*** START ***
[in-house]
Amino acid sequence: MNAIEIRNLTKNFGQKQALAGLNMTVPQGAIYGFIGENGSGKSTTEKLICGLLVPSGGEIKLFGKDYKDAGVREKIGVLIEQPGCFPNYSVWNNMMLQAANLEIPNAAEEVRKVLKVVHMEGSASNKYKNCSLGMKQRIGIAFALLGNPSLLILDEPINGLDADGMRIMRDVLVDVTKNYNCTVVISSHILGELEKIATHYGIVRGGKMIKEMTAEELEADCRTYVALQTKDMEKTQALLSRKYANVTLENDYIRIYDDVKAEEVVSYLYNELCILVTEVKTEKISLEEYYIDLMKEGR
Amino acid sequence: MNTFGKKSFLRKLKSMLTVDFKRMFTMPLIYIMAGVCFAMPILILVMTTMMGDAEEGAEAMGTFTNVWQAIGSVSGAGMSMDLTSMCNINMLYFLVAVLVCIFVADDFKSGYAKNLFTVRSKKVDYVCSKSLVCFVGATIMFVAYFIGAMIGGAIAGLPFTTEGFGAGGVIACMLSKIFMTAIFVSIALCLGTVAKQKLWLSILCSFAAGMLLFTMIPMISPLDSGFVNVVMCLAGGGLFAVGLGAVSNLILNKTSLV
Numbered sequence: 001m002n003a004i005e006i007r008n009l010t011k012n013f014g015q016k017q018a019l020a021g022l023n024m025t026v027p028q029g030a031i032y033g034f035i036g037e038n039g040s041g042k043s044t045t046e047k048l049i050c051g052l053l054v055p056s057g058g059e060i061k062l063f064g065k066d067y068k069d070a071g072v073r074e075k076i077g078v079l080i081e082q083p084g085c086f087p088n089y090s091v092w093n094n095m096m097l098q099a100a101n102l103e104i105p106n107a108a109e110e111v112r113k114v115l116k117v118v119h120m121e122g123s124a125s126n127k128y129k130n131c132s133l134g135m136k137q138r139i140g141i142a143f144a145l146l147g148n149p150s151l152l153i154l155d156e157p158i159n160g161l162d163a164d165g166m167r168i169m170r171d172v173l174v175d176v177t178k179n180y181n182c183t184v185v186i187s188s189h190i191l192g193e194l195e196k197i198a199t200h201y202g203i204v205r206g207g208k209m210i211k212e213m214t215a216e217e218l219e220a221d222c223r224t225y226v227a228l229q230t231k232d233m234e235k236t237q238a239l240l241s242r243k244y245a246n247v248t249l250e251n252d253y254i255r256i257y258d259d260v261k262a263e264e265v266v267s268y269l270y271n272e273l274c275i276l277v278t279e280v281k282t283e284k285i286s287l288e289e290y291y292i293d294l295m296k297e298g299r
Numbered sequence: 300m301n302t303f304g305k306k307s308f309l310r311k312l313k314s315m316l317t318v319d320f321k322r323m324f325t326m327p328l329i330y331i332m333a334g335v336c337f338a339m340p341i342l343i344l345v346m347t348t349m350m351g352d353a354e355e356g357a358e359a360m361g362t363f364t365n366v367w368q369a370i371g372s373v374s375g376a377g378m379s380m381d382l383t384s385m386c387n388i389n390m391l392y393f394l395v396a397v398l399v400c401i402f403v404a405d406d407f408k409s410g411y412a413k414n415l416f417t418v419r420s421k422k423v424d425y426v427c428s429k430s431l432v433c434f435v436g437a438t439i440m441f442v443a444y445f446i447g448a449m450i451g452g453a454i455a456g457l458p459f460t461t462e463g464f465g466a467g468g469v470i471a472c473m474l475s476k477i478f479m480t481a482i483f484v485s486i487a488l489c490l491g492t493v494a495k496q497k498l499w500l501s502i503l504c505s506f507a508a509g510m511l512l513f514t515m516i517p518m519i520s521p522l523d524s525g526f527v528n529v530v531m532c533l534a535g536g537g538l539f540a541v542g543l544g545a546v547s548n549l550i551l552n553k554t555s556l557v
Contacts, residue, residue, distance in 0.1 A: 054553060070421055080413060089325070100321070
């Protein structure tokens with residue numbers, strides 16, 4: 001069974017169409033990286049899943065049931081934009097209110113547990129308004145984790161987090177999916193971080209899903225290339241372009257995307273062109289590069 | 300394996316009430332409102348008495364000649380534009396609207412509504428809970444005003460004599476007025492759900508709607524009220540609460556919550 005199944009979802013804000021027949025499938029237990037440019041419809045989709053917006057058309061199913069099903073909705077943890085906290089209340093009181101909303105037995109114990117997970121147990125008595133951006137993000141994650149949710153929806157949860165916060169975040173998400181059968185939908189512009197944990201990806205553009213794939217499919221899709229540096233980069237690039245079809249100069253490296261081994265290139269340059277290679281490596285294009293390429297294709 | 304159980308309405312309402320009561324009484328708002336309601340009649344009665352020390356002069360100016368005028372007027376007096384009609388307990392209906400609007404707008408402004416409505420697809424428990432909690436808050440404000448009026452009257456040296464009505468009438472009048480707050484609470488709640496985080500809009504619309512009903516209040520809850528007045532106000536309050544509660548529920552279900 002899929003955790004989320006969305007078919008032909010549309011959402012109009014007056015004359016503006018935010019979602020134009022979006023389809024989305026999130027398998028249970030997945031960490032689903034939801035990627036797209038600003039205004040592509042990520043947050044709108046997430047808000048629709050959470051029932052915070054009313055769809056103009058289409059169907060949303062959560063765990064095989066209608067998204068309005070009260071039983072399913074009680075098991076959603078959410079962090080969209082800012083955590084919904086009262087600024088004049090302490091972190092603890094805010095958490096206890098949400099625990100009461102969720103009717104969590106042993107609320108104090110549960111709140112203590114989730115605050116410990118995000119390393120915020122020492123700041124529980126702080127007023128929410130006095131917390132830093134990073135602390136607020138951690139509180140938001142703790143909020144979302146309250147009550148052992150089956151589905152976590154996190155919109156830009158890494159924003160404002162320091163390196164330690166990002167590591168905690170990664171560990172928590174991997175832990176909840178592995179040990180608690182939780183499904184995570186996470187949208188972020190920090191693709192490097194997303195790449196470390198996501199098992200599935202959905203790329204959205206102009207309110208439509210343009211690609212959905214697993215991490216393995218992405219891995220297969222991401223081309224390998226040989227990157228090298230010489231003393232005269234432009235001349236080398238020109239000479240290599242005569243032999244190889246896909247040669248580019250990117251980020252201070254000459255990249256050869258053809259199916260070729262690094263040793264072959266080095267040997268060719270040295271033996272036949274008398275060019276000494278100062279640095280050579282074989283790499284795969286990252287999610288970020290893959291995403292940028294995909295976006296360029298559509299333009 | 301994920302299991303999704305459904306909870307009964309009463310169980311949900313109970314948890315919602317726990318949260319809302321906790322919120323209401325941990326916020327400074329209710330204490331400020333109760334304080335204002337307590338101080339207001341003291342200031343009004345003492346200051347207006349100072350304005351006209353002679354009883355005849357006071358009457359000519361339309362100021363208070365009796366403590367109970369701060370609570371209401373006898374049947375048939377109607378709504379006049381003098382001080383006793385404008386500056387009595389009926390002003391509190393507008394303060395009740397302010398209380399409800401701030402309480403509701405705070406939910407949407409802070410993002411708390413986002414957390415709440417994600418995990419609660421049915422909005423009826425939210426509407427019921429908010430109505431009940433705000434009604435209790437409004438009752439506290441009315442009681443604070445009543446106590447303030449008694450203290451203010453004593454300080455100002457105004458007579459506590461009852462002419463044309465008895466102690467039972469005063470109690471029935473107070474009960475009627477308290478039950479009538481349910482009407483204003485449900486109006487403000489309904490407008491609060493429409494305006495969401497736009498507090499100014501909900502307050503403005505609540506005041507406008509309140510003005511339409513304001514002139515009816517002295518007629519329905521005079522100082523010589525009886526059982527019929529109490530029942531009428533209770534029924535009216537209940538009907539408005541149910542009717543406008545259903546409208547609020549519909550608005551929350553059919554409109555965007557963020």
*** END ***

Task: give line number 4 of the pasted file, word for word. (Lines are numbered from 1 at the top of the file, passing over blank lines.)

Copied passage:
Numbered sequence: 001m002n003a004i005e006i007r008n009l010t011k012n013f014g015q016k017q018a019l020a021g022l023n024m025t026v027p028q029g030a031i032y033g034f035i036g037e038n039g040s041g042k043s044t045t046e047k048l049i050c051g052l053l054v055p056s057g058g059e060i061k062l063f064g065k066d067y068k069d070a071g072v073r074e075k076i077g078v079l080i081e082q083p084g085c086f087p088n089y090s091v092w093n094n095m096m097l098q099a100a101n102l103e104i105p106n107a108a109e110e111v112r113k114v115l116k117v118v119h120m121e122g123s124a125s126n127k128y129k130n131c132s133l134g135m136k137q138r139i140g141i142a143f144a145l146l147g148n149p150s151l152l153i154l155d156e157p158i159n160g161l162d163a164d165g166m167r168i169m170r171d172v173l174v175d176v177t178k179n180y181n182c183t184v185v186i187s188s189h190i191l192g193e194l195e196k197i198a199t200h201y202g203i204v205r206g207g208k209m210i211k212e213m214t215a216e217e218l219e220a221d222c223r224t225y226v227a228l229q230t231k232d233m234e235k236t237q238a239l240l241s242r243k244y245a246n247v248t249l250e251n252d253y254i255r256i257y258d259d260v261k262a263e264e265v266v267s268y269l270y271n272e273l274c275i276l277v278t279e280v281k282t283e284k285i286s287l288e289e290y291y292i293d294l295m296k297e298g299r